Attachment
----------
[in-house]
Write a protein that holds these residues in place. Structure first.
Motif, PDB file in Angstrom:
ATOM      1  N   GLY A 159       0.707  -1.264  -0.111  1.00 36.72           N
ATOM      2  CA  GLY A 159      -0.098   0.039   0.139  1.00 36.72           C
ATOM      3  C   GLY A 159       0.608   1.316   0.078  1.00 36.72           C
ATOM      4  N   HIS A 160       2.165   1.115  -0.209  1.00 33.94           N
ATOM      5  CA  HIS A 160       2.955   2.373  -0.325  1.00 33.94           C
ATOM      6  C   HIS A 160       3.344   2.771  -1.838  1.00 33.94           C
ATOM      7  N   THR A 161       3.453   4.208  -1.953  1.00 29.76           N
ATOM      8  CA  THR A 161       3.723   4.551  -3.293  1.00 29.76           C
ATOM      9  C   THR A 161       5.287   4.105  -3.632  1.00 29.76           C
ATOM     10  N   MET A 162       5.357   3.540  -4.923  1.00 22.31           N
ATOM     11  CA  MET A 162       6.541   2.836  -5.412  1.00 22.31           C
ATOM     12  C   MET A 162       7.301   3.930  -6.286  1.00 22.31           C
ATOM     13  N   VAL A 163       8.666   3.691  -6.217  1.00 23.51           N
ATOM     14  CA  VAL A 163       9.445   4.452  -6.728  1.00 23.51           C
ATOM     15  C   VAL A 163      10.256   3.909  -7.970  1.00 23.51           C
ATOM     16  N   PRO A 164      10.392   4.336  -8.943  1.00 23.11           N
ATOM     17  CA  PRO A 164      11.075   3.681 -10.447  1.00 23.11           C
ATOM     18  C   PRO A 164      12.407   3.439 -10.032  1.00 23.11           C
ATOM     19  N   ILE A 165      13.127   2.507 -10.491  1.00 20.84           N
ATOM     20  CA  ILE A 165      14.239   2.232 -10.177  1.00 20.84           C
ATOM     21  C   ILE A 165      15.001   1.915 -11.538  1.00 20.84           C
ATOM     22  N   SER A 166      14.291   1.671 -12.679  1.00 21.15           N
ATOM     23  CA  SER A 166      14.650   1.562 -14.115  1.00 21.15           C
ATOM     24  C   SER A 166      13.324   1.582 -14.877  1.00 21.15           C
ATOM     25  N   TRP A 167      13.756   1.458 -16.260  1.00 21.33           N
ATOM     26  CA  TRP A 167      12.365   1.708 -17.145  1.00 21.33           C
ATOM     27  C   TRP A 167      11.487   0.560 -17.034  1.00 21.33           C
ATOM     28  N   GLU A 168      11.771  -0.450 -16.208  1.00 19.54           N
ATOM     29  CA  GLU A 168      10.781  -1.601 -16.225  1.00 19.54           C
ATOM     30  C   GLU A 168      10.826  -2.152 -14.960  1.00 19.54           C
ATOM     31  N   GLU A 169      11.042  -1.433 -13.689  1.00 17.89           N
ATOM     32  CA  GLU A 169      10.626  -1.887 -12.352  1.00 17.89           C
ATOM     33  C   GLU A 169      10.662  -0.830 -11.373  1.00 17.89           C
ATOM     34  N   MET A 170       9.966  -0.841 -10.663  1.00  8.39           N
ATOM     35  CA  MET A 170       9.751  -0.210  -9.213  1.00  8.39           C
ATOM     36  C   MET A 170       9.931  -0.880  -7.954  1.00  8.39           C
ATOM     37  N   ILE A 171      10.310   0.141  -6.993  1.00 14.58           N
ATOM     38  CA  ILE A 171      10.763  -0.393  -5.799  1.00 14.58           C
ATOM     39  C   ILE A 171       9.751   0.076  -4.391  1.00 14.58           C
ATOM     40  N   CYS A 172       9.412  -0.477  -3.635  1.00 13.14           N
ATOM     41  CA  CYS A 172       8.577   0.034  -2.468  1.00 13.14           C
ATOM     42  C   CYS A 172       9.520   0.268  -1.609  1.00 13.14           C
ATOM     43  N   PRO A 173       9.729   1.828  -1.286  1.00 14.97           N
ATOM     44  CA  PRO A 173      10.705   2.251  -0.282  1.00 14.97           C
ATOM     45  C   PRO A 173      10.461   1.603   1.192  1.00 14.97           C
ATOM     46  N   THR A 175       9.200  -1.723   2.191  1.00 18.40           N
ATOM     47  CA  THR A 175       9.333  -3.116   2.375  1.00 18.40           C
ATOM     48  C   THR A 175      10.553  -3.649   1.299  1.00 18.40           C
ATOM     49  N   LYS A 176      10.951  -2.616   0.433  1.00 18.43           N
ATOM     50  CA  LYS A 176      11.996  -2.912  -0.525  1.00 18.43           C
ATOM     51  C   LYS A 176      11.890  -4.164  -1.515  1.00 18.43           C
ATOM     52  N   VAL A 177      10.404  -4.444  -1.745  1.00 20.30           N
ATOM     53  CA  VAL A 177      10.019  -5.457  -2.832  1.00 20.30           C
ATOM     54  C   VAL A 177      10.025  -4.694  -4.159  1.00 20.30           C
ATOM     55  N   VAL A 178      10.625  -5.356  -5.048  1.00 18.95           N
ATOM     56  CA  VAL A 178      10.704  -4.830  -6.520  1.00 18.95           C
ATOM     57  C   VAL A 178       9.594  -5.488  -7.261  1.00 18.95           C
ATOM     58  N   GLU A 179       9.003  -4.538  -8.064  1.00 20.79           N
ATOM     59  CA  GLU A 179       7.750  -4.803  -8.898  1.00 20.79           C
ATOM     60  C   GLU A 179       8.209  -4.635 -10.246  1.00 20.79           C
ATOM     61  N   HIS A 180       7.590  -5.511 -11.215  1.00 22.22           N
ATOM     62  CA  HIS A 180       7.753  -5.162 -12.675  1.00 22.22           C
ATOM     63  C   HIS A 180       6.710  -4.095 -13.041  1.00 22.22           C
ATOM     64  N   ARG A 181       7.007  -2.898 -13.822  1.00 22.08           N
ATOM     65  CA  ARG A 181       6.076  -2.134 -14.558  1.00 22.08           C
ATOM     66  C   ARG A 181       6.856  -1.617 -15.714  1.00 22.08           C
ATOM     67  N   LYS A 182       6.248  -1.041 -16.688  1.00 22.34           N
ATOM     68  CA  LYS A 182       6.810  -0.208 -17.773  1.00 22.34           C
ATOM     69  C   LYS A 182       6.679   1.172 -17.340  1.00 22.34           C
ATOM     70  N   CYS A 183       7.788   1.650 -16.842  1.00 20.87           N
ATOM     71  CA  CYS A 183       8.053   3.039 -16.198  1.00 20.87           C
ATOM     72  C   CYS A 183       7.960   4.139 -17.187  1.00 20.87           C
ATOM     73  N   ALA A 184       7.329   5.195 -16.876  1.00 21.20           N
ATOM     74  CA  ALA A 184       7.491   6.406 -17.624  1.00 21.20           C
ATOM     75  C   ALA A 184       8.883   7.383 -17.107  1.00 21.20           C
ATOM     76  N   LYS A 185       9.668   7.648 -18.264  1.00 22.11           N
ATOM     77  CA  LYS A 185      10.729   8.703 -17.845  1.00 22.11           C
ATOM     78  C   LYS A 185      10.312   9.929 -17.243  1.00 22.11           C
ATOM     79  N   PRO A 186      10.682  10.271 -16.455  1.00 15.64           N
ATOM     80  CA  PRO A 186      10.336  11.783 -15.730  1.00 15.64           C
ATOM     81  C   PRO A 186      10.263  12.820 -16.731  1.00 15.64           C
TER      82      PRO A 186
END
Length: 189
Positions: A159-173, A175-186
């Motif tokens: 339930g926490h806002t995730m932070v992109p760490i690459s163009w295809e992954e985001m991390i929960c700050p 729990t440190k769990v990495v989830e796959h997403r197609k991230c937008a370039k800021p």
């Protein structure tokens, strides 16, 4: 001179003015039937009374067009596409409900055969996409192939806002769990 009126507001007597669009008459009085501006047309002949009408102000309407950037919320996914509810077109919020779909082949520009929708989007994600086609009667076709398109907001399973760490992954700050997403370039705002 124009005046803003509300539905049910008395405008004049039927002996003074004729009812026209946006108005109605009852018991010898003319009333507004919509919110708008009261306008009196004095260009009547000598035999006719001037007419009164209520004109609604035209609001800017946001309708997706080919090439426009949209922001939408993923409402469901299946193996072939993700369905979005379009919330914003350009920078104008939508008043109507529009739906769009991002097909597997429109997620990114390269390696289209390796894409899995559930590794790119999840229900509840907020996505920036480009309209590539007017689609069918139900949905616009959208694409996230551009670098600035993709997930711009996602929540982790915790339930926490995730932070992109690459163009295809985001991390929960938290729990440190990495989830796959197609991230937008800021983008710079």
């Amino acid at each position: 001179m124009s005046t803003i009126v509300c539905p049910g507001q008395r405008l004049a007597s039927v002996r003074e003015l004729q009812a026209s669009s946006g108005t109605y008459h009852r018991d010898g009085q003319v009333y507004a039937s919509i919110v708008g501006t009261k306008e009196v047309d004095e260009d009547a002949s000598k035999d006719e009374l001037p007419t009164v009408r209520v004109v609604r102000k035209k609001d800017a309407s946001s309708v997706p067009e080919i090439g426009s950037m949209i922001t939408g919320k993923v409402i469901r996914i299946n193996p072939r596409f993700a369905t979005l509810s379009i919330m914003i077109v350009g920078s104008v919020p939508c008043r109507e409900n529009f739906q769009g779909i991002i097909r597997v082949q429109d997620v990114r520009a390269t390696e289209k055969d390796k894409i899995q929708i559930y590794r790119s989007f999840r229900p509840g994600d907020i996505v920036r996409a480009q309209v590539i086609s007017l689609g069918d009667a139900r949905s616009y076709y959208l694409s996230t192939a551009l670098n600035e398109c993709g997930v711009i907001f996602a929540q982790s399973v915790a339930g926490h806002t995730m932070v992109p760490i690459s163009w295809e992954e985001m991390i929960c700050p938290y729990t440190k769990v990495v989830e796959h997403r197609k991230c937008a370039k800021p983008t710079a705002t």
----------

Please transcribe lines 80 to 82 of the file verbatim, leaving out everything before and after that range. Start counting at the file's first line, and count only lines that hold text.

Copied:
ATOM     77  CA  LYS A 185      10.729   8.703 -17.845  1.00 22.11           C
ATOM     78  C   LYS A 185      10.312   9.929 -17.243  1.00 22.11           C
ATOM     79  N   PRO A 186      10.682  10.271 -16.455  1.00 15.64           N